On October 19, 1976, Reich filed his petition with this court seeking an alternative writ reviewing the action of the superior court. Concluding that Reich's conduct in at least two instances communicating directly with a client represented by counsel constituted “unclean hands” in the same transaction in which Reich sought relief for himself and his principal (rule 7-103, Rules of Professional Conduct), we denied the petition for an alternative writ without reaching consideration of its merits. (5 Witkin, Cal.Procedure (2d ed. 1971) Extraordinary Writs, s 122.) A petition for hearing filed by Reich and Albert Pepper in the Supreme Court seeking review of our action was denied.

Case at bench. Albert Pepper died on January 4, 1977. He left a will designating Reich and Virginia Pepper as co-executors. Letters testamentary on the will issued March 16, 1977. Counsel for Brentwood having refused to agree to the substitution of the executors as named plaintiffs in the class action, Virginia Pepper and Reich filed a request to enter Brentwood's default on the class action complaint.

Brentwood responded with an order to show cause directed to Reich seeking to hold him in contempt for violation of the order that he not participate in the prosecution or maintenance of the action and “other relief.” Virginia Pepper and Reich moved to continue the class action in the name of the executors in pro. per. Brentwood's default not having been entered per their request, Virginia Pepper and Reich also moved that the court order its clerk to enter the default.

Declarations in support of the order to show cause re contempt summarize the background information we have recited above. Reich's declaration in support of his motion to compel the clerk to enter Brentwood's default challenges the validity of the order which in effect removed him as a named plaintiff in the class action. His declaration in opposition to the order to show cause and other declarations state the fact of Albert Pepper's death and Reich's qualification as co-executor of the Pepper will. A declaration also challenges the validity of the prior order removing Reich as counsel.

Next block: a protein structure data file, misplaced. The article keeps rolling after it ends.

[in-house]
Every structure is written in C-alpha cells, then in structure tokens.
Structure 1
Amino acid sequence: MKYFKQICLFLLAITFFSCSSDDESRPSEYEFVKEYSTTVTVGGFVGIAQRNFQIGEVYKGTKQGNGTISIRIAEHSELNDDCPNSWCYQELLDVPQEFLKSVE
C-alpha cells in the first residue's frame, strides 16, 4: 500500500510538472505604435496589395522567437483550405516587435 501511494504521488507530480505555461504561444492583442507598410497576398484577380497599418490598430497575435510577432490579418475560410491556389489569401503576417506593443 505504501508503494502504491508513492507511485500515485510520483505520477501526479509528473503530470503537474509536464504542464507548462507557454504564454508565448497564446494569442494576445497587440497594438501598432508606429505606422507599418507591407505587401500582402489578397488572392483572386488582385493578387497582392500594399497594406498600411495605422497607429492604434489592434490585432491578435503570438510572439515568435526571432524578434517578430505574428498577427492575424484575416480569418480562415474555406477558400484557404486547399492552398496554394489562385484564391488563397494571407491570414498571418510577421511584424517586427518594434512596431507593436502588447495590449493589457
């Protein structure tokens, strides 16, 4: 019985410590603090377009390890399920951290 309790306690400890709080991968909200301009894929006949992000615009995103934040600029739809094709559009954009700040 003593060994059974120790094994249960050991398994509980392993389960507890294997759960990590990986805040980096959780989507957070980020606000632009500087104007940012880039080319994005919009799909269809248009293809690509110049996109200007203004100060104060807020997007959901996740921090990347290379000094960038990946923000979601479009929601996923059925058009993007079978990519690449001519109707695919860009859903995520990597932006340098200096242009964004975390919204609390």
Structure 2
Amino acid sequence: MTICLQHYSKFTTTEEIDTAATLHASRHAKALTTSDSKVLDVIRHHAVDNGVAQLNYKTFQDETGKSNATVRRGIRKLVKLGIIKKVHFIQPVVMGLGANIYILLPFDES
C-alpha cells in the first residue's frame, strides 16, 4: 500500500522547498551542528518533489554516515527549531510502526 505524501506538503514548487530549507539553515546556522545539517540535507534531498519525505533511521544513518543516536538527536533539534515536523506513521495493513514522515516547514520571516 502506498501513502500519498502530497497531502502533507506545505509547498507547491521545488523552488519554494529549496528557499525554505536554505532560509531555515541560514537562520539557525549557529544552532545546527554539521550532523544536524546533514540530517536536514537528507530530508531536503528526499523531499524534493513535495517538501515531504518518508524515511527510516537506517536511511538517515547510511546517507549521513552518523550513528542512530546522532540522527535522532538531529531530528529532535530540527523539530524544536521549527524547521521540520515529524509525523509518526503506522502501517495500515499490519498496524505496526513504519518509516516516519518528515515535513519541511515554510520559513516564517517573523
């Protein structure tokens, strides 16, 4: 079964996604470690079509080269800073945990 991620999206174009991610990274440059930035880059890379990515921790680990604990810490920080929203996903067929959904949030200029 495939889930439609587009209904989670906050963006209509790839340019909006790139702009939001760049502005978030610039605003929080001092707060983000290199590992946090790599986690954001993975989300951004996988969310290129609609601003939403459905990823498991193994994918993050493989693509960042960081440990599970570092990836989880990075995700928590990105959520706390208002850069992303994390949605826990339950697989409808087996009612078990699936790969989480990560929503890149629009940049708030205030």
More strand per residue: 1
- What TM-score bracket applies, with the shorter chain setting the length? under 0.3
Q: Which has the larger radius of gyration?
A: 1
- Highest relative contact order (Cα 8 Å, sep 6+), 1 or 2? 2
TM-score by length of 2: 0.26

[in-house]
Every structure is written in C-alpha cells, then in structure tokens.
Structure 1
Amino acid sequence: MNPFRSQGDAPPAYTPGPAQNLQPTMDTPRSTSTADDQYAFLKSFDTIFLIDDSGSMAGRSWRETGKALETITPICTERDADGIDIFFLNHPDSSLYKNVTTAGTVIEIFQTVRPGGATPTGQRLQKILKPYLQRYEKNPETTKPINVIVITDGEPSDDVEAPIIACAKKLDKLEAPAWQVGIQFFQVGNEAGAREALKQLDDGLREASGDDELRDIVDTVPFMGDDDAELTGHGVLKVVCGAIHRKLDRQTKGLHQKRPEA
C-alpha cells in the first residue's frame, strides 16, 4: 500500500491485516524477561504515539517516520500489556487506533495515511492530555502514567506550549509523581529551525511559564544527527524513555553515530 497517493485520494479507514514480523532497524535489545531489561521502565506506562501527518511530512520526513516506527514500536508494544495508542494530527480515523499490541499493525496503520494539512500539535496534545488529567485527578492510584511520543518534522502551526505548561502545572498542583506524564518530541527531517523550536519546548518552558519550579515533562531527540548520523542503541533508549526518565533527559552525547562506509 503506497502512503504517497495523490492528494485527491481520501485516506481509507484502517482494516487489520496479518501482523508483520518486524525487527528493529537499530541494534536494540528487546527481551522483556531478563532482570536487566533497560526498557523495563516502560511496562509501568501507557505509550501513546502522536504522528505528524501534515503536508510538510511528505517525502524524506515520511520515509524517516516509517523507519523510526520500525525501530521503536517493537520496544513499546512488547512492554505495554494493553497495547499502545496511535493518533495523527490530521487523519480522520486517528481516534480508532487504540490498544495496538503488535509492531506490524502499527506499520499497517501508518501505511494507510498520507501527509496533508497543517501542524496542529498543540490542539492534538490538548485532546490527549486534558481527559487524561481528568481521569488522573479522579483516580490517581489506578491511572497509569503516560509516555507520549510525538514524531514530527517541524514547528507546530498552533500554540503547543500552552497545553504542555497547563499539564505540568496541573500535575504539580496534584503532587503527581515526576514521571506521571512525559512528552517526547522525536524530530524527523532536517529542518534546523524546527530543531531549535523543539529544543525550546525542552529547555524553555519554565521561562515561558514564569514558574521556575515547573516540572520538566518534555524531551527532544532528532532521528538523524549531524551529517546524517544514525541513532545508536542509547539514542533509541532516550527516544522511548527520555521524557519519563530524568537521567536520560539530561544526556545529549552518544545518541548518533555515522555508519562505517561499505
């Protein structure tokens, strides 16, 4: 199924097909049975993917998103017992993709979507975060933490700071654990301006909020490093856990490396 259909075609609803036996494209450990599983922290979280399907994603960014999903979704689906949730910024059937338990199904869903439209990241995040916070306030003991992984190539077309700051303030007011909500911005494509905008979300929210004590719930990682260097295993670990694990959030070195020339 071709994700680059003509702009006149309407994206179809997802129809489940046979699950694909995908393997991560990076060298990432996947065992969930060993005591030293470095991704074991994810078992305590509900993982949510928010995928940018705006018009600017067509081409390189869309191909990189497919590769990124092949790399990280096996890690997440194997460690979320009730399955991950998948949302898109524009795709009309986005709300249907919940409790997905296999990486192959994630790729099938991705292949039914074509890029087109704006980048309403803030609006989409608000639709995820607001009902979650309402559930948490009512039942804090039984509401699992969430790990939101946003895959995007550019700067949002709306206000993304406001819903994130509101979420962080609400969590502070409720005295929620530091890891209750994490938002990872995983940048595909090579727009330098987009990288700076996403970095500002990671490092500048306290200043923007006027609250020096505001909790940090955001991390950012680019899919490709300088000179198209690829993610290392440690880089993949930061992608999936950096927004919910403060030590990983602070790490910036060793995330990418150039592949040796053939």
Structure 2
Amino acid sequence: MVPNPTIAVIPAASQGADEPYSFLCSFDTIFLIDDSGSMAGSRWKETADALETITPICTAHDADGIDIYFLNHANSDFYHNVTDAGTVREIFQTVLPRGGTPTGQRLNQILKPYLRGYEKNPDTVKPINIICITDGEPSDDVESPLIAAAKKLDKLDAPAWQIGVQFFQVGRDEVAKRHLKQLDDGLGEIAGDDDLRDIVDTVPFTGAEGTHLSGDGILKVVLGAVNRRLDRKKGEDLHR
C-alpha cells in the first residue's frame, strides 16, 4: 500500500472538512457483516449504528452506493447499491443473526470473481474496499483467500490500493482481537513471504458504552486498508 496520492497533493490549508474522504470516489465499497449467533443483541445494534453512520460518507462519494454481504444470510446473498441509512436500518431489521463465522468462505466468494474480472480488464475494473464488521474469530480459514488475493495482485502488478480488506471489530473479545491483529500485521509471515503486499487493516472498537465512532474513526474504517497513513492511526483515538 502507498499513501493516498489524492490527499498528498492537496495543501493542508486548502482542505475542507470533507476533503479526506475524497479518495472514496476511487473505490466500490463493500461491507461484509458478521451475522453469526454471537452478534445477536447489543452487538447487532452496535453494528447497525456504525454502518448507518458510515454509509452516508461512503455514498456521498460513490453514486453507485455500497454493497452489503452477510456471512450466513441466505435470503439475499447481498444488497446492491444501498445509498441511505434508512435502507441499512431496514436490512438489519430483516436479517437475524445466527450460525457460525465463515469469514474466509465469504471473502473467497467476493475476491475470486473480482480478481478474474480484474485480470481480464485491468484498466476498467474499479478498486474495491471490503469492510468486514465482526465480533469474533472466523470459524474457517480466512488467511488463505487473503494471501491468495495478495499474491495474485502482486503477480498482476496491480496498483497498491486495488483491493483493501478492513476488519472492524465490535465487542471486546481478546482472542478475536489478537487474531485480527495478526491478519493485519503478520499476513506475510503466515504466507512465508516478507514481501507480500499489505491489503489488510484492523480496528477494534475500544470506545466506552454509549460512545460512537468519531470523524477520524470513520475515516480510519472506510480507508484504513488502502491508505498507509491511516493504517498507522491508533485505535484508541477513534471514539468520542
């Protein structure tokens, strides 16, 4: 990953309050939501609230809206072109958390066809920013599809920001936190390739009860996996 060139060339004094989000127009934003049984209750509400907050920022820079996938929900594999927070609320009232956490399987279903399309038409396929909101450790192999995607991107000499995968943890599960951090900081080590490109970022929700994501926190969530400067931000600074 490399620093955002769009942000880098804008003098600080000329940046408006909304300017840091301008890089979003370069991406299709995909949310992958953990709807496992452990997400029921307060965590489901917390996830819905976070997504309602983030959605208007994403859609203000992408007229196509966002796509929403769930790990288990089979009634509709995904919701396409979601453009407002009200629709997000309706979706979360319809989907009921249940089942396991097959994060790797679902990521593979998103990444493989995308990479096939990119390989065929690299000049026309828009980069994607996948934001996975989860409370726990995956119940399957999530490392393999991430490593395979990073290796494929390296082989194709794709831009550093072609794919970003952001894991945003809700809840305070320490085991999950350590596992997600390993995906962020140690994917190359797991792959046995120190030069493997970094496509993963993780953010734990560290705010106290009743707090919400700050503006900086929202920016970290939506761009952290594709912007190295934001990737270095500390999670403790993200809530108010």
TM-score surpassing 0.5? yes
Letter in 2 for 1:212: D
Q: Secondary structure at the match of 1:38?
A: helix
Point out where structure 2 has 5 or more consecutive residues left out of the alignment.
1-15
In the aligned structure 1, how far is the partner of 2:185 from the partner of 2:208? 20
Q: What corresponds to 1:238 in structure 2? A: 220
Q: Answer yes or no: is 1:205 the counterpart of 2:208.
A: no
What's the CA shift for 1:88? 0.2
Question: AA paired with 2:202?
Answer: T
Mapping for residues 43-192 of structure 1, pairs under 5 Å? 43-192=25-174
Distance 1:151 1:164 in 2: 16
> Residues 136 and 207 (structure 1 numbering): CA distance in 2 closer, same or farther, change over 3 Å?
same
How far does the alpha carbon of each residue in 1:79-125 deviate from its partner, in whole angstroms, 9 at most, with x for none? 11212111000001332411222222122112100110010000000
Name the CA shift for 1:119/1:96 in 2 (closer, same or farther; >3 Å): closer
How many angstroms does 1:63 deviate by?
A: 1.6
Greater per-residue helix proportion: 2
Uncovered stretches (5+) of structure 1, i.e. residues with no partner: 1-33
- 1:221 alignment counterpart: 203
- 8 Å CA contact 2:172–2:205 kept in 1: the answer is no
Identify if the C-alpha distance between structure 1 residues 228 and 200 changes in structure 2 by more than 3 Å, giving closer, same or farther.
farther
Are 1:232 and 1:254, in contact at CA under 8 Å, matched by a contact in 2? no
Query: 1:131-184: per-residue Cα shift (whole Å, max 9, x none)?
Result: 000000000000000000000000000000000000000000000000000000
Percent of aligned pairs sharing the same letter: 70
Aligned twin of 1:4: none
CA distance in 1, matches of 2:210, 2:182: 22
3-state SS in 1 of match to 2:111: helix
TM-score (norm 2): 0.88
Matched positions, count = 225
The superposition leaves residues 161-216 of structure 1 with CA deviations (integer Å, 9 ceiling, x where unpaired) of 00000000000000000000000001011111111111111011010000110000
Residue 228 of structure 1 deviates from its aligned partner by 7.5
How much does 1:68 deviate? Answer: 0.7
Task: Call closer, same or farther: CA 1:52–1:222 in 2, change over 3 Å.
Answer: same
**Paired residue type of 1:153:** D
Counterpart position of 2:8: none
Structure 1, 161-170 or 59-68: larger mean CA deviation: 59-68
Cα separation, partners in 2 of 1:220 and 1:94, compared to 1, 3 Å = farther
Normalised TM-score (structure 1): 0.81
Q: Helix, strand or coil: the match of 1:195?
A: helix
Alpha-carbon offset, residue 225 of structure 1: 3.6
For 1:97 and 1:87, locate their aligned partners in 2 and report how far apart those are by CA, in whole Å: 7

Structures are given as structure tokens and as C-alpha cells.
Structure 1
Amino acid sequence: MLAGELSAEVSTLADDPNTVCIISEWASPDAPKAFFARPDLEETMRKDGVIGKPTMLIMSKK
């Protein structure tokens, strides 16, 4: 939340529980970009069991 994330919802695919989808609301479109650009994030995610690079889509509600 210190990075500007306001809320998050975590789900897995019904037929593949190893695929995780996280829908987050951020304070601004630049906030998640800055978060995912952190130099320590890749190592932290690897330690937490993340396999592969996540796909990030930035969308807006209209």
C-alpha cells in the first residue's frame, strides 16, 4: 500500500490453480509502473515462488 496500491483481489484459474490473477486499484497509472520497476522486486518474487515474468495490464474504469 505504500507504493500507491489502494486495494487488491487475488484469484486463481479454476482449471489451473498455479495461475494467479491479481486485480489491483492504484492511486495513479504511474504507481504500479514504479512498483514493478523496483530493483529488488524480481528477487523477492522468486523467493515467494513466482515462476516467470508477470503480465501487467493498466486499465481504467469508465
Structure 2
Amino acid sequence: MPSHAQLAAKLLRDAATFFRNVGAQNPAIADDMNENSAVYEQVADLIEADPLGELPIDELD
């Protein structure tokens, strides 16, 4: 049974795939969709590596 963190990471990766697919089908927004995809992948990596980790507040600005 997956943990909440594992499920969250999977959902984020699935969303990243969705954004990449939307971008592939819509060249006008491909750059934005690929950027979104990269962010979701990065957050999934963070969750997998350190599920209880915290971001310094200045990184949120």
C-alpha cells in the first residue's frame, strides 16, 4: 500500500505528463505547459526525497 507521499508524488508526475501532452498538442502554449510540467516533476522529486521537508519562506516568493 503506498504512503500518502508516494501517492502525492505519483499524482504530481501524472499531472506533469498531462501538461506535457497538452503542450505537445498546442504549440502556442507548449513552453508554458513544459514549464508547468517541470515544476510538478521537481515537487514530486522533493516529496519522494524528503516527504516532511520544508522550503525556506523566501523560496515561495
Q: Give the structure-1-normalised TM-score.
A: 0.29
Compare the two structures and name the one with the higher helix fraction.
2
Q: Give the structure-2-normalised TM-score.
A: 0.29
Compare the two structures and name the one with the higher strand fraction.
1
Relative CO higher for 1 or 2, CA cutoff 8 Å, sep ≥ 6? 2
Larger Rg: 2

The superior court dismissed the order to show cause re contempt. It struck the motions of Reich and Virginia Pepper, appearing in pro. per. as co-executors of the will of Albert Pepper, to continue the class actions in their names and to secure an order to the clerk to enter Brentwood's default. The court also restrained Reich from acting further in his capacity as co-executor with respect to prosecution or maintenance of the class action, restrained him from appearing in the action in pro. per. without prejudice to his commencing an individual action, and ordered Reich not to counsel with Virginia Pepper in relation to the class action. Brentwood was granted 30 days from the “date that a proper party plaintiff has been substituted” to plead to the complaint.

Reich and Virginia Pepper sought review of the latter order by a petition for extraordinary writ to this court. Treating the petition as one for writ of mandate, we issued our alternative writ.